Analysis

State and Local Government Spending on Health Care Slowed in 2013

Total U.S. health care spending grew relatively slowly in 2013 for the fifth consecutive year, rising about 3.6 percent. By way of comparison, health care spending grew by an average annual rate of 7.3 percent from 2000 to 2008. And for the first time since 2010, state and local government health care spending followed suit—increasing by 3.2 percent, according to the latest data from the Centers for Medicare & Medicaid Services,1 a unit of the U.S. Department of Health and Human Services. Nevertheless, health care spending remains a potential source of fiscal pressure for states and localities.

Spending slows after two-year spike

The deceleration in state and local spending occurred principally because of slower growth in the two largest cost categories: Medicaid (funded jointly by the states and the federal government), and state and local employee health insurance premiums. (Other areas of state and local health care spending in the Centers for Medicare & Medicaid Services’ report include Medicare contributions for public employees, public and general assistance, maternal and child health, vocational rehabilitation, public health activities, hospital subsidies, state phase-down payments, and investment in research, structures, and equipment.) 

While state Medicaid spending increased by 22 percent and 12 percent in 2011 and 2012, respectively, it grew by only 6 percent in 2013. Similarly, spending on state and local employee health insurance continued to rise slowly as it had done in 2011 (3 percent) and 2012 (4 percent), increasing by only 2 percent in 2013. Several factors contributed to these trends.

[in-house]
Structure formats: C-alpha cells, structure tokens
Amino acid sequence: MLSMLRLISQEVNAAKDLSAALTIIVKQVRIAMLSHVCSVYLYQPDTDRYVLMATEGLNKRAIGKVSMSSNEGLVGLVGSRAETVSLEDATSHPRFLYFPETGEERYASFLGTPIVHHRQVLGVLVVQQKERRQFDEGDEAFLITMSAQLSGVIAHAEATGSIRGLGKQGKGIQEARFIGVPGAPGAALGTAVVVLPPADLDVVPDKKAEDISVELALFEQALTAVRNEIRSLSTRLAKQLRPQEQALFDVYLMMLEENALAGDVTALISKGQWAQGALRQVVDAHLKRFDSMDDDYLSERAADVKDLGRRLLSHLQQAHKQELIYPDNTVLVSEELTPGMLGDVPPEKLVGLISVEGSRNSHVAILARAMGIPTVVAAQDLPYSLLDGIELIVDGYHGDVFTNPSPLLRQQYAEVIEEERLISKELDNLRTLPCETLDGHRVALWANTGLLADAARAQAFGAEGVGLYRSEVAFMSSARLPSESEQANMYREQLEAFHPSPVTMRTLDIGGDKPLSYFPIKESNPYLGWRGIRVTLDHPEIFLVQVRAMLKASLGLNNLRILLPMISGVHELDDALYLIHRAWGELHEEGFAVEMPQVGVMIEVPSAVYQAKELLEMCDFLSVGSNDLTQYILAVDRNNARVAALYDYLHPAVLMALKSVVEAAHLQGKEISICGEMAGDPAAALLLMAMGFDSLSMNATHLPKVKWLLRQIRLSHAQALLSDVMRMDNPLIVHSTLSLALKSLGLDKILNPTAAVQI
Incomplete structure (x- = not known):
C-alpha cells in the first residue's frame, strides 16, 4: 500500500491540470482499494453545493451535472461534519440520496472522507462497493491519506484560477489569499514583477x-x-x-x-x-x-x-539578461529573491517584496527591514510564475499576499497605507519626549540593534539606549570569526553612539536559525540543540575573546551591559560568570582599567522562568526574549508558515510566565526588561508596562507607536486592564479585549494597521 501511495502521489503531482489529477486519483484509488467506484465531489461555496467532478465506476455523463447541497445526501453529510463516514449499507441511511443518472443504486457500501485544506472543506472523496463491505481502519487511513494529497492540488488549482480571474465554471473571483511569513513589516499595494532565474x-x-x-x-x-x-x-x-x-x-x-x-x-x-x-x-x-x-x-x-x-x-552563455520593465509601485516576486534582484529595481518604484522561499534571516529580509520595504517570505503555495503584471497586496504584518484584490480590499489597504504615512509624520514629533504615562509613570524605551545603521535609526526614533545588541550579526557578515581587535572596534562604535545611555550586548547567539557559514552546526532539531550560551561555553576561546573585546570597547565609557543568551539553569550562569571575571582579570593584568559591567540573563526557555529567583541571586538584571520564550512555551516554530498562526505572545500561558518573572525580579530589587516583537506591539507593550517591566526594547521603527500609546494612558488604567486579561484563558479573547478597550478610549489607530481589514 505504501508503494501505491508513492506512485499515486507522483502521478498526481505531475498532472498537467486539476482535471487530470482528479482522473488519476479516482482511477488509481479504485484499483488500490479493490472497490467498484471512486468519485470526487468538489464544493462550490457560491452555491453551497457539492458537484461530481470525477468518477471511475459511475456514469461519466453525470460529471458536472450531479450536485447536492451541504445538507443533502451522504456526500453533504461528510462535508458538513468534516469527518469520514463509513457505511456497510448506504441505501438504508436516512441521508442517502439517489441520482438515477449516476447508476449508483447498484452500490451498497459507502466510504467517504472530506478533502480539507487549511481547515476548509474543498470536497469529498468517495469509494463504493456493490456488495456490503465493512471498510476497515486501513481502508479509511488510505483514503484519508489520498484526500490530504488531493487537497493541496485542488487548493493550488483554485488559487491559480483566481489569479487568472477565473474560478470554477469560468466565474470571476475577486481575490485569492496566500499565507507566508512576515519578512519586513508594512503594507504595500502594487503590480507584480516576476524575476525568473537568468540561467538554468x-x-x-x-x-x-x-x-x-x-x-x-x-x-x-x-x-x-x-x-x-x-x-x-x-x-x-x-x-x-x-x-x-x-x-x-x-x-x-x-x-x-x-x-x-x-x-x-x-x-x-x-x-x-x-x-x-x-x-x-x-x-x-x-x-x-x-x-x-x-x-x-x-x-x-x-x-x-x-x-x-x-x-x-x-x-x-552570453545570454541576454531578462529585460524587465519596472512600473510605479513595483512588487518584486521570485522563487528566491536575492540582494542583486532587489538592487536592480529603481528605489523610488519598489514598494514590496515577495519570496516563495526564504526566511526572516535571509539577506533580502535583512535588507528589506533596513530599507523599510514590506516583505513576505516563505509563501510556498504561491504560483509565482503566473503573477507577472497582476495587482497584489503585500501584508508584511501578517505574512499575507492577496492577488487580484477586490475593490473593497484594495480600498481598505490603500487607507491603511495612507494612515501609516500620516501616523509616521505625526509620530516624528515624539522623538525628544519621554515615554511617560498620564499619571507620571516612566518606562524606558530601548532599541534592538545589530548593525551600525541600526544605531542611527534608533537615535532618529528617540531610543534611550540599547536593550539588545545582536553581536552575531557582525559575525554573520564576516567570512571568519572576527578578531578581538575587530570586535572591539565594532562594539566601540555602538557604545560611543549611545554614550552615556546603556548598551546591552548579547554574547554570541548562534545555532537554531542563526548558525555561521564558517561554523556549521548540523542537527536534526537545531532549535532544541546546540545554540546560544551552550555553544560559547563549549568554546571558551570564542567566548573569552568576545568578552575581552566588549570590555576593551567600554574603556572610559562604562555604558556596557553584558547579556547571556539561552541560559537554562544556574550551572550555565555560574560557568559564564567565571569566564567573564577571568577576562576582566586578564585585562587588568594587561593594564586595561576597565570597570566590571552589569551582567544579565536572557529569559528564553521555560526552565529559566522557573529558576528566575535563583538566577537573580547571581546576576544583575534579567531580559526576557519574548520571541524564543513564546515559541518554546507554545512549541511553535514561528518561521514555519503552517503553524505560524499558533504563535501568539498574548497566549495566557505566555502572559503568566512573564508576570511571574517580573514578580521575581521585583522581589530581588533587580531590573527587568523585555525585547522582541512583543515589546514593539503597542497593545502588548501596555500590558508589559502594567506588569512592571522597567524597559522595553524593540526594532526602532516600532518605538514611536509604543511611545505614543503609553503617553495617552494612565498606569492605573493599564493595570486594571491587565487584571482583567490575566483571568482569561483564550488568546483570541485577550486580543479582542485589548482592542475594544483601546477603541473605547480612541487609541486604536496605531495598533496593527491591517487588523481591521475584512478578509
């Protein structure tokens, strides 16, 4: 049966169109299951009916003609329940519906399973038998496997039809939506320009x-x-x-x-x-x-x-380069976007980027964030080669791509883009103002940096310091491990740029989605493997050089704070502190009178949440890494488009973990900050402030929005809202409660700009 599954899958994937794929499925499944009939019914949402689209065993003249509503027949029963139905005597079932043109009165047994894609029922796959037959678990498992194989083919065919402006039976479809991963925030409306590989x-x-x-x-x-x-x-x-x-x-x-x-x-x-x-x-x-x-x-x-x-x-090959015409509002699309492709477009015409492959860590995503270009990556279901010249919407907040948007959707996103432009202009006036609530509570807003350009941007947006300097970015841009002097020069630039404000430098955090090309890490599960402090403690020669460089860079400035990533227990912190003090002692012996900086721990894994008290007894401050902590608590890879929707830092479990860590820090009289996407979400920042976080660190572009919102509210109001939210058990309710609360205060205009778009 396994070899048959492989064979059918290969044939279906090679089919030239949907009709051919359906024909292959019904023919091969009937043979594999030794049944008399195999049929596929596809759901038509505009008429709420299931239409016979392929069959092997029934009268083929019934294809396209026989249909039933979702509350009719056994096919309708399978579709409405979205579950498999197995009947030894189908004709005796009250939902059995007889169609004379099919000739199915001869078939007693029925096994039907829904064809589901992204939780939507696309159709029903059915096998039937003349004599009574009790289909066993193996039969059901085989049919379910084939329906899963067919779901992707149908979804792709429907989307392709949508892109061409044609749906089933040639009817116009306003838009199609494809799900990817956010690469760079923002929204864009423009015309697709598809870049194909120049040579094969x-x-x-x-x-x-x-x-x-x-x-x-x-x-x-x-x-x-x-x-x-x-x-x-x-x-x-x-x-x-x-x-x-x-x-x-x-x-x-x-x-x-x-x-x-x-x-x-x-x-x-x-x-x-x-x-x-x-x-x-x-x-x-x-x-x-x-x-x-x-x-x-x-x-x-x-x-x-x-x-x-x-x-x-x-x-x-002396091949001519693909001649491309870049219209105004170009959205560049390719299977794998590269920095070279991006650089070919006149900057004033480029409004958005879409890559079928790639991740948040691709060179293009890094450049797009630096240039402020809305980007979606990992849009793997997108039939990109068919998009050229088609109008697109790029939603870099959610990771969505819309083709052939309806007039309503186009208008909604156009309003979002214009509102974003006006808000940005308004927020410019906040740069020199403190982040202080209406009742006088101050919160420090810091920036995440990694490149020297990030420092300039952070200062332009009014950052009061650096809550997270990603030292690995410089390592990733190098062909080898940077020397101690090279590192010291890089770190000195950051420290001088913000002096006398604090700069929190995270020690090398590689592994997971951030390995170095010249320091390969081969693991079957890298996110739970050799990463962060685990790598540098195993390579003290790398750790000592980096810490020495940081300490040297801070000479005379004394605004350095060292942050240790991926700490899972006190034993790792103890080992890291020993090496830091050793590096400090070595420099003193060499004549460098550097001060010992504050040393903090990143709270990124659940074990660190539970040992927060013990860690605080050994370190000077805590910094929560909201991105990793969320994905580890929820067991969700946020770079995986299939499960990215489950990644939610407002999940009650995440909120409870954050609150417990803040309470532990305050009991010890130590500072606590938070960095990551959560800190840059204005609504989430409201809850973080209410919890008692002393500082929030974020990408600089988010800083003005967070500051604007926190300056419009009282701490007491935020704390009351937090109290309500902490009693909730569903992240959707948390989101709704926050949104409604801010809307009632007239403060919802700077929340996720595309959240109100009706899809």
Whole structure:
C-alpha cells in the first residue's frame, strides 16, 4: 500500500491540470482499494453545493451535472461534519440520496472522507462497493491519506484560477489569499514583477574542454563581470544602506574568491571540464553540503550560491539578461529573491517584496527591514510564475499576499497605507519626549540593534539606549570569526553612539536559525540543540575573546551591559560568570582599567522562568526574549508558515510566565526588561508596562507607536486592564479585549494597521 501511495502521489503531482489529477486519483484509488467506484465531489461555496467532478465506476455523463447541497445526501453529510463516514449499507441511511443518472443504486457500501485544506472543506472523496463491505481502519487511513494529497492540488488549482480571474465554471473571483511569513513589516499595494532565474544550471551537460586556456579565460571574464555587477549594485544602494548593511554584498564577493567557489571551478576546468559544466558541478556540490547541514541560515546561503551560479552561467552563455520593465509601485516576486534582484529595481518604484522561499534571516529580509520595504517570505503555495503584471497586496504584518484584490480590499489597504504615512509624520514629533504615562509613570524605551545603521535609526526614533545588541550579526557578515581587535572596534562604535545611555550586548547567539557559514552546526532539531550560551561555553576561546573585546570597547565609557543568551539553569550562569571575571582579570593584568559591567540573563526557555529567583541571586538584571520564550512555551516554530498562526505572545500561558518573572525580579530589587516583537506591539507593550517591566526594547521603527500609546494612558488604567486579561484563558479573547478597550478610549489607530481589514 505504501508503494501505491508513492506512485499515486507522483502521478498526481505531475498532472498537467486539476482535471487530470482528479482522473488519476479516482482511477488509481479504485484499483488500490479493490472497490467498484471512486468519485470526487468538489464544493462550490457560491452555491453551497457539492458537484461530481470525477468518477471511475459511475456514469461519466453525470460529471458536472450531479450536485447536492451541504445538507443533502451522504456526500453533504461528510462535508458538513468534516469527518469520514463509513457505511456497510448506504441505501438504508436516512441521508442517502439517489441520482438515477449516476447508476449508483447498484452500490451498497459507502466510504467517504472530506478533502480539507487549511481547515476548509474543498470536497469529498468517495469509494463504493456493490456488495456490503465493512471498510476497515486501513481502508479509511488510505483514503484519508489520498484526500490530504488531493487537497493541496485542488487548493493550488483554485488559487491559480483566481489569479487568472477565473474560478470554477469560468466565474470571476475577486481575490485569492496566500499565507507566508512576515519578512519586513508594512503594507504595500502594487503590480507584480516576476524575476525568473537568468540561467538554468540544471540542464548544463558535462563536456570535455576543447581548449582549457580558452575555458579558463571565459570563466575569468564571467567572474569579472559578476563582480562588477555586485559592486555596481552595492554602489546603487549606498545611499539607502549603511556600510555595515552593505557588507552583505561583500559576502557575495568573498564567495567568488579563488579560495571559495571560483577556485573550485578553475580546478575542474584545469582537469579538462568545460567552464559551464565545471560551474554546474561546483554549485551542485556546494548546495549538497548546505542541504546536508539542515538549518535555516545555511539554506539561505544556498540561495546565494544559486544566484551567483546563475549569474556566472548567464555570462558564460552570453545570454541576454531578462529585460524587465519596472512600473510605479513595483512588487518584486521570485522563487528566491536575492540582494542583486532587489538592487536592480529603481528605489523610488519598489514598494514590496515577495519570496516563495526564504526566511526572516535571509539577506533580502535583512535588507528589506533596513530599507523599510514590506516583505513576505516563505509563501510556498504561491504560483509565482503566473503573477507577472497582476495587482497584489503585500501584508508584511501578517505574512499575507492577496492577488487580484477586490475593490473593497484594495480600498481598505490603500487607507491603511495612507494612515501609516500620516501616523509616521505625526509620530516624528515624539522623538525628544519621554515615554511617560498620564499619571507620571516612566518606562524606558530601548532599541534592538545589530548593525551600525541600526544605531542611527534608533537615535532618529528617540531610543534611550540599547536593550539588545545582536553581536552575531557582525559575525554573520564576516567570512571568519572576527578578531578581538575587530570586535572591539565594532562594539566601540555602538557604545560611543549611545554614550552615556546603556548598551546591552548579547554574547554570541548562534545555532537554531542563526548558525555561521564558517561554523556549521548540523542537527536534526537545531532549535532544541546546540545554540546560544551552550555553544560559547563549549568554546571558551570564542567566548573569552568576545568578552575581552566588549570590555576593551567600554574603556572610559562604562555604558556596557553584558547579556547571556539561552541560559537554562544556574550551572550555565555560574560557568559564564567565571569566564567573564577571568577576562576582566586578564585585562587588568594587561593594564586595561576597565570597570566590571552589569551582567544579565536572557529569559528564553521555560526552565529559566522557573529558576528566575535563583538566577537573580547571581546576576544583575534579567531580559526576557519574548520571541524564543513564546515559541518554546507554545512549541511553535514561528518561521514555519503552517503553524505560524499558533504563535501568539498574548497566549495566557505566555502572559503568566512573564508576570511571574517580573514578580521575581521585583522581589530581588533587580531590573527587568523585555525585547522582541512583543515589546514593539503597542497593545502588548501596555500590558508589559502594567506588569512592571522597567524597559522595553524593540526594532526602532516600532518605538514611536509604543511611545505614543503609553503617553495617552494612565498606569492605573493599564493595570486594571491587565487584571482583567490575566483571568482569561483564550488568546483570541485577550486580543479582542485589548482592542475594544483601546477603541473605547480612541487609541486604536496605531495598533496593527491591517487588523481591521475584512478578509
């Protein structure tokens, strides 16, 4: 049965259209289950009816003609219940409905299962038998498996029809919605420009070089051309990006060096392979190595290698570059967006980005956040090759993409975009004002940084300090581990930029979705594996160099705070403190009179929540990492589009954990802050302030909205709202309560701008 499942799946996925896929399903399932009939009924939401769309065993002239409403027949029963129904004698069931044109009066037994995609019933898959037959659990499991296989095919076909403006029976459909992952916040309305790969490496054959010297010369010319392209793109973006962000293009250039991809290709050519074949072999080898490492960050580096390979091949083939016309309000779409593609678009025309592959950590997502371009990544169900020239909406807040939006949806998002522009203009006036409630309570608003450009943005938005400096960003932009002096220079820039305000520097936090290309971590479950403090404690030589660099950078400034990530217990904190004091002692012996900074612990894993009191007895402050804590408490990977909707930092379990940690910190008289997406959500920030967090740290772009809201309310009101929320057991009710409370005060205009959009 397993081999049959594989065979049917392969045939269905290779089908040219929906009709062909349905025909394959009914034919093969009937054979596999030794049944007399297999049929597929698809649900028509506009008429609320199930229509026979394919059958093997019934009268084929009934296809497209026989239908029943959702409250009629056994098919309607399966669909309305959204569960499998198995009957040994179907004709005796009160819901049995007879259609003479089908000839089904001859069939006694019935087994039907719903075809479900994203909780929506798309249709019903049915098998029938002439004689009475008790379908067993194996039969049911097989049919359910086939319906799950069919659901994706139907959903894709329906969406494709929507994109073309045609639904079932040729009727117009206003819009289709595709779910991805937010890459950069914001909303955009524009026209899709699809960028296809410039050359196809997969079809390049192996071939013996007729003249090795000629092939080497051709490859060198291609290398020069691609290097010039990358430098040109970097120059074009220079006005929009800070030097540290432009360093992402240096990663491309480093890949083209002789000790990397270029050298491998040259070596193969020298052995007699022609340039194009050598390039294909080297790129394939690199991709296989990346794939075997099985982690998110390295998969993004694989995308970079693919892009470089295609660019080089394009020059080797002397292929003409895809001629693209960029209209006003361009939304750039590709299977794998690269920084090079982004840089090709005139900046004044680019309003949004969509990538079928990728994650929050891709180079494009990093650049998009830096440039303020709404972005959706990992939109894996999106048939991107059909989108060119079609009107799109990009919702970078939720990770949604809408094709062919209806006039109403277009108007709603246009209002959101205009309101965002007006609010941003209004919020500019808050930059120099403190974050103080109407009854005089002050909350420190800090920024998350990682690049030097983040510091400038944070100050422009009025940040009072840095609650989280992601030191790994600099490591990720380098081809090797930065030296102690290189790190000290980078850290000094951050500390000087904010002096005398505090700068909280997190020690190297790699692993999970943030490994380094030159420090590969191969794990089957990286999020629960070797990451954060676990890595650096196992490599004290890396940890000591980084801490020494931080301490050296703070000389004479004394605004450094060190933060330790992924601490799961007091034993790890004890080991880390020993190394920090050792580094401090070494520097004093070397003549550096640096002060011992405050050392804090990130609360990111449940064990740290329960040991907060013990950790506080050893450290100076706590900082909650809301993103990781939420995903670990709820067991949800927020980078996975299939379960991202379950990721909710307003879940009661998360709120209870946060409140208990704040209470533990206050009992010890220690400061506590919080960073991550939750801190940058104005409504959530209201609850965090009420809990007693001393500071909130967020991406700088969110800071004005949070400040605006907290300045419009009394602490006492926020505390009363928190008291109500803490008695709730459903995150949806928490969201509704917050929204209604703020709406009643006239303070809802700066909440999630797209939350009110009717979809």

State Medicaid spending

Calendar year 2013 marked a return to a more typical Medicaid spending pattern after a surge and then retrenchment of federal aid in recent years. Under the American Recovery and Reinvestment Act of 2009 (and later legislation that extended certain provisions of the law), the federal government contributed an extra $103 billion to Medicaid, with states receiving the bulk of that total in 2009 and 2010. The Great Recession swelled Medicaid rolls and drove increases in total program expenditures, but the states’ share of Medicaid spending actually declined because of federal stimulus money.2

The extra federal money stopped flowing in July 2011, which was the primary reason state Medicaid expenditures rose steeply that year and in 2012, and why federal Medicaid expenditures fell. But in 2013, the temporary effects of this retrenchment in federal aid faded, and both federal and state spending rose by about 6 percent.

Total Medicaid spending was likely to have increased substantially in 2014, when millions of Americans were added to states’ rolls after many of them expanded their eligibility requirements for the program under the Affordable Care Act.3 But most of this hike will have been paid for by the federal government, which covered the entire cost of care for newly eligible enrollees.4 

State and local employee health insurance

The slight uptick in spending on health insurance premiums for state and local employees was driven, in part, by continued stagnation in state and local employment. 5 As of December 2014—seven years after the start of the Great Recession—state and local government employment remained below prerecession levels.6 This, in turn, has likely kept state and local employee health plan enrollment—and, therefore, total health plan spending—growth down. (For more information on state employee health plan spending, see here.).

Long-term outlook

Despite the recent slowdown in spending, health care still poses serious fiscal challenges for states and localities that must balance their spending and revenue each year.

Health care expenditure as a share of state and local revenue was 31 percent in 2013 for the second consecutive year, up from 16 percent in 1987. (See Figure 1.)